There are two key areas in which connected lighting can prove pivotal. First, by freeing up capacity in the electrical grid to meet the growing need for EV charging. Second, by offering the opportunity to deploy charging points in existing street lighting architecture. Smart poles in a city or municipality lighting network serve as public digital assets, adding to basic illumination a broad range of potentialities, including environmental sensing, public broadband access, and — vitally — EV charging.

Freeing up the grid

When connected and properly managed, monitored, and controlled, LED lighting systems can produce energy savings of as much as 80% over conventional alternatives. Given that two-thirds of professional light points around the world are still non-LED and non-connected, the potential savings of transitioning to a connected lighting system are enormous.

In the EU’s residential sector alone, upgrading the 1.7 billion conventional light points to ultra-efficient LEDs could effectively generate electricity savings of 34.1 TWh annually—enough to charge a whopping 10 million EVs. Consider those numbers on a global scale and connected lighting’s potential to make a positive impact on EV implementation becomes obvious.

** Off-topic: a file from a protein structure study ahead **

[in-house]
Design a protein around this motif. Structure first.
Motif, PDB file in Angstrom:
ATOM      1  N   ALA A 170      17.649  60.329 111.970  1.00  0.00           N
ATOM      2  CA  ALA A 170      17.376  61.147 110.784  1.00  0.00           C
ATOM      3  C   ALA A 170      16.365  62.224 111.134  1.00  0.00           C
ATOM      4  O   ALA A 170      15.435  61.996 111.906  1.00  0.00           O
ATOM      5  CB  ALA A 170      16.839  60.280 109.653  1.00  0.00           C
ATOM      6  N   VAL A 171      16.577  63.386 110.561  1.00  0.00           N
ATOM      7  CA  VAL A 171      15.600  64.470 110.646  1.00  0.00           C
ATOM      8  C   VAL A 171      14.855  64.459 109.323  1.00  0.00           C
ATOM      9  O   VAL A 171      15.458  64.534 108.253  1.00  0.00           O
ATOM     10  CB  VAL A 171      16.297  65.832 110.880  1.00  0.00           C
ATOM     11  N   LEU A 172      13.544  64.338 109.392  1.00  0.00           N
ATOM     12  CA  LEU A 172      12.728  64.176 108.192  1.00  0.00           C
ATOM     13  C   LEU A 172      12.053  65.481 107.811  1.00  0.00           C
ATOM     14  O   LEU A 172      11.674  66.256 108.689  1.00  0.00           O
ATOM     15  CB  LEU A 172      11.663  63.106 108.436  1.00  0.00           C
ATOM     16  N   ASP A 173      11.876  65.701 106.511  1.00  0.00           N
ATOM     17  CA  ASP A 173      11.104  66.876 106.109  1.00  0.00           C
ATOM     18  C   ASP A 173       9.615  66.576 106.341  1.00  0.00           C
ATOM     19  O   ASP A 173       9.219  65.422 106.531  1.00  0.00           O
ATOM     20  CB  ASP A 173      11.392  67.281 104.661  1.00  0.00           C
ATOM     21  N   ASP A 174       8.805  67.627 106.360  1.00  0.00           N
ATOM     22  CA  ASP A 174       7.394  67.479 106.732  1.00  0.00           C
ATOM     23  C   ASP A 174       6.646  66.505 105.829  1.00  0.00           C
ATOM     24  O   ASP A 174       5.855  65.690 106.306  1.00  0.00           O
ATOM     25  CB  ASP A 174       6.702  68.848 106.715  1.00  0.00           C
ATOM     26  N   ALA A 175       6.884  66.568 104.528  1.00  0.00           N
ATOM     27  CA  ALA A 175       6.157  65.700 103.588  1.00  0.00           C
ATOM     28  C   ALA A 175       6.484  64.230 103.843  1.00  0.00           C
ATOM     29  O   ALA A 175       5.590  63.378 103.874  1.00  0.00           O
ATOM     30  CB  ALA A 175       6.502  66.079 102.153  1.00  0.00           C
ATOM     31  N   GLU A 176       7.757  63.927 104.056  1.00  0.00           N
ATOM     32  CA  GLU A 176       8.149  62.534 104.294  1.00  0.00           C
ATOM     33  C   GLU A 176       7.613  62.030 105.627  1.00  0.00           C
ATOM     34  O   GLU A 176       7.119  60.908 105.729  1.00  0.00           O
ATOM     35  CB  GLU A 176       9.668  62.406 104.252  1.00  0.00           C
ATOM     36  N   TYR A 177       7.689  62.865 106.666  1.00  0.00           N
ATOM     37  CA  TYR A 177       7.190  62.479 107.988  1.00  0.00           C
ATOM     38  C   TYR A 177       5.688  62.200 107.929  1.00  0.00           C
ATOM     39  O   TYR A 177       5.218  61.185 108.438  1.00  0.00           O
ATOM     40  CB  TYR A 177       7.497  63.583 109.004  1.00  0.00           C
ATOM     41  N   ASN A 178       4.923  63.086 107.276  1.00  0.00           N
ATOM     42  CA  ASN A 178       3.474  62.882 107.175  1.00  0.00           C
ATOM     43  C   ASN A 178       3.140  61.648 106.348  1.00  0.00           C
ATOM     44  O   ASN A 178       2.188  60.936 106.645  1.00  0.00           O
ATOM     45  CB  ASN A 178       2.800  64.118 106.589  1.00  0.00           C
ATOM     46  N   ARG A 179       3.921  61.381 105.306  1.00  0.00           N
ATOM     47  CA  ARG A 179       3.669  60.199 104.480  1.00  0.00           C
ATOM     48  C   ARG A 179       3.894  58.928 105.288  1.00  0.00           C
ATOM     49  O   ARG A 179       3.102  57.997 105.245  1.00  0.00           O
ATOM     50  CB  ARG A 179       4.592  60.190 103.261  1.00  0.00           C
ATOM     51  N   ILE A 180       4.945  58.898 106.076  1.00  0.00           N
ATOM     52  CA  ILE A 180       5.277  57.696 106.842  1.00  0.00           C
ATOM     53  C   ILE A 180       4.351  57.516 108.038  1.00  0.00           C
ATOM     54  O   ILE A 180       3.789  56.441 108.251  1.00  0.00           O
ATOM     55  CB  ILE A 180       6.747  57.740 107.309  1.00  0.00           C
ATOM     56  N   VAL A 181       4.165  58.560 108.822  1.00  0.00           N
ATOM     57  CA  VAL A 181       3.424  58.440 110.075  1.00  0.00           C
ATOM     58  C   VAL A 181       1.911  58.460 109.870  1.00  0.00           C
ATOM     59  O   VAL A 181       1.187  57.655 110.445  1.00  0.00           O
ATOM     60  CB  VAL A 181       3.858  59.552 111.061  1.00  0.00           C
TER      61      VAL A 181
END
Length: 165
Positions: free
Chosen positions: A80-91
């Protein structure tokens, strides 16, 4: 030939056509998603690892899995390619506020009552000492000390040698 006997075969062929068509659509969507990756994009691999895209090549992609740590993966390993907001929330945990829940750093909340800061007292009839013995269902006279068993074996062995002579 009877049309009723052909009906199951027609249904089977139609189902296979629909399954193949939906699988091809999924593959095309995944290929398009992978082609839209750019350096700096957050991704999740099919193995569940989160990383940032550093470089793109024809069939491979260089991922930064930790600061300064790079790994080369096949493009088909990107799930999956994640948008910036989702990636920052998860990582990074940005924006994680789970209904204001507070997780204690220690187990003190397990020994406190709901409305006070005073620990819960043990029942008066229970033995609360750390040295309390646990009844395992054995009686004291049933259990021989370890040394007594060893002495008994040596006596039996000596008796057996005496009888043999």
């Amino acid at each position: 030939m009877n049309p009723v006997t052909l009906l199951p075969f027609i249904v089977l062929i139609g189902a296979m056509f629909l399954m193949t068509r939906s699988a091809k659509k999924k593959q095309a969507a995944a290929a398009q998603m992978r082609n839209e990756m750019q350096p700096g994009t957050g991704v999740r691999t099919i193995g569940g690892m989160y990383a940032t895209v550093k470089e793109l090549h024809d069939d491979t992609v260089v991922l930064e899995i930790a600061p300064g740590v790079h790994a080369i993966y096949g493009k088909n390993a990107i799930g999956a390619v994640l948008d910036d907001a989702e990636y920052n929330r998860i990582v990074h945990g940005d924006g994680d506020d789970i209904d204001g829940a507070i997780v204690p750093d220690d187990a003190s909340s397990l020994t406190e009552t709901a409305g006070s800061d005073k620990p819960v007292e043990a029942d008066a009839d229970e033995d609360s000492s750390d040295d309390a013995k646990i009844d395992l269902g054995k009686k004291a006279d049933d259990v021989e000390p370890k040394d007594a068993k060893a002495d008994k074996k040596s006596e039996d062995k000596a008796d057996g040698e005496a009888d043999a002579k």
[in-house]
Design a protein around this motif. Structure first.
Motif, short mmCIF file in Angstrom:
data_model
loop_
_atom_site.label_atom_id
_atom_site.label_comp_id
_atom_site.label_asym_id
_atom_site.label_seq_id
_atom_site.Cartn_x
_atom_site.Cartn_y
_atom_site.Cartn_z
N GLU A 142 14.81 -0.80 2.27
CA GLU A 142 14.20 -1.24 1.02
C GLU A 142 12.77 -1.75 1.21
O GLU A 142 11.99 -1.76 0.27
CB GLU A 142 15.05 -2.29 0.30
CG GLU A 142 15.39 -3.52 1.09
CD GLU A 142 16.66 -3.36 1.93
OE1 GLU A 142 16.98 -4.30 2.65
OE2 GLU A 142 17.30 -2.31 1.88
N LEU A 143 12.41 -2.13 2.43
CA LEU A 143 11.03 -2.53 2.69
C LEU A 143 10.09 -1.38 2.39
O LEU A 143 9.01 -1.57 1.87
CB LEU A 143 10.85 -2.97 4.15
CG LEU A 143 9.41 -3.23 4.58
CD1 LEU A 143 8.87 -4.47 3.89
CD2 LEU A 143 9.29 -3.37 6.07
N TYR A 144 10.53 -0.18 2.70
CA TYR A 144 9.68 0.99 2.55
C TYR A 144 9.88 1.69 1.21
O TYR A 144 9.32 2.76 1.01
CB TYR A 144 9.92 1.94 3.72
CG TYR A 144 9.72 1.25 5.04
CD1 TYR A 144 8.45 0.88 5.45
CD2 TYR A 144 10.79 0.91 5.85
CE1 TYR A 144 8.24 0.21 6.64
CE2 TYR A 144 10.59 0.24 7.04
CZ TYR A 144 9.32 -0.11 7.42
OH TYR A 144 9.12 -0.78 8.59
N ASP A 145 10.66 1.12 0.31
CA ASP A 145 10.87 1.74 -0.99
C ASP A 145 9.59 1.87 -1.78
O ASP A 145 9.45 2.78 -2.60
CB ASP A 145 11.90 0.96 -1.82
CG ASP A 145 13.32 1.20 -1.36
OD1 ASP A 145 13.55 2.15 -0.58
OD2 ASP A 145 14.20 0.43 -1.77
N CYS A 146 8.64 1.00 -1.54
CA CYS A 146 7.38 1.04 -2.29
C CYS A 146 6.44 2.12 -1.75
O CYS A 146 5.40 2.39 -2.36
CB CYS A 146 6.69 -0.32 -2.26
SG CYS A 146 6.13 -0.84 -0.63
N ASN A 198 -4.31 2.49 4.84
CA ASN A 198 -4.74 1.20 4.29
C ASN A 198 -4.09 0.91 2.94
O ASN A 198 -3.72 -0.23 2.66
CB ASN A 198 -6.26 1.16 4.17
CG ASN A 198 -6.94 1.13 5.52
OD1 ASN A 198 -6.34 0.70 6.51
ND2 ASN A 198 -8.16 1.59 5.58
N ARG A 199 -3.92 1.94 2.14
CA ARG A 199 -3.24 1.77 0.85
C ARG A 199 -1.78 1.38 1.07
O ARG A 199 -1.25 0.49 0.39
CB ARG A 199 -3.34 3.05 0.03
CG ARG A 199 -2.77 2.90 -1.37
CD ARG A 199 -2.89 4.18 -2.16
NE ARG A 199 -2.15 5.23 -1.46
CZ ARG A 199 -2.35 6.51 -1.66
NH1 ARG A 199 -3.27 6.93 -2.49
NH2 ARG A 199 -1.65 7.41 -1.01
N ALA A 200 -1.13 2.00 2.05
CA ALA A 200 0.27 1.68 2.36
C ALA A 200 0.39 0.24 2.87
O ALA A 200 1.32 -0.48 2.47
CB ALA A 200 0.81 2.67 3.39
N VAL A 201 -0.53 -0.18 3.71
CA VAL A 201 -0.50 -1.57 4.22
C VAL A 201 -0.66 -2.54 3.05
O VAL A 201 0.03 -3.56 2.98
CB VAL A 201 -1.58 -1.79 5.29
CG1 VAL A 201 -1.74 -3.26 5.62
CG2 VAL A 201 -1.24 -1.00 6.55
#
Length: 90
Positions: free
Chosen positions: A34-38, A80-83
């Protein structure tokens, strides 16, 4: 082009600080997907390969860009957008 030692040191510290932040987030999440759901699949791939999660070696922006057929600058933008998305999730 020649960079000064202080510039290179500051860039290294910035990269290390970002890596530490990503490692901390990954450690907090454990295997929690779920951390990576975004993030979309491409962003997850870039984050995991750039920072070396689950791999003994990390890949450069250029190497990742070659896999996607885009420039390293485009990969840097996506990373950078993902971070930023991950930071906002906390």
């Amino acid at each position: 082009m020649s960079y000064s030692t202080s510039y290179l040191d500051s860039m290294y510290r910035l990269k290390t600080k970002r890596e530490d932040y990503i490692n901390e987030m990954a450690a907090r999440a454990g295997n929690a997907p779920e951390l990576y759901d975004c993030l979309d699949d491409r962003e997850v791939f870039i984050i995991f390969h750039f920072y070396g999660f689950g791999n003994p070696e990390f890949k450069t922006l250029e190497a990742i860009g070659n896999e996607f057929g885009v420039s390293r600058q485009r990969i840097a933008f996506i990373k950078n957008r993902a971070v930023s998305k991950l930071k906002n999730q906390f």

Using the existing infrastructure

As noted, one of the EV industry’s worst pain points is how to deploy the necessary number of charging points, both in terms of choosing where to place them and how to do so in a way that doesn’t drastically disrupt public life — which constructing the required numbers of new charging points from scratch almost certainly would.

Connected LED lighting addresses each of these problems. First, and most obviously, there’s no need to run additional underground wiring as light points are already electrified. There’s also no need to construct additional fixtures, as streetlights are already widely distributed across urban areas. This lets cities avoid the cost and inconvenience of greenlighting a slate of new citywide construction projects. It’s also aesthetically beneficial, avoiding additional street furniture in already cluttered areas.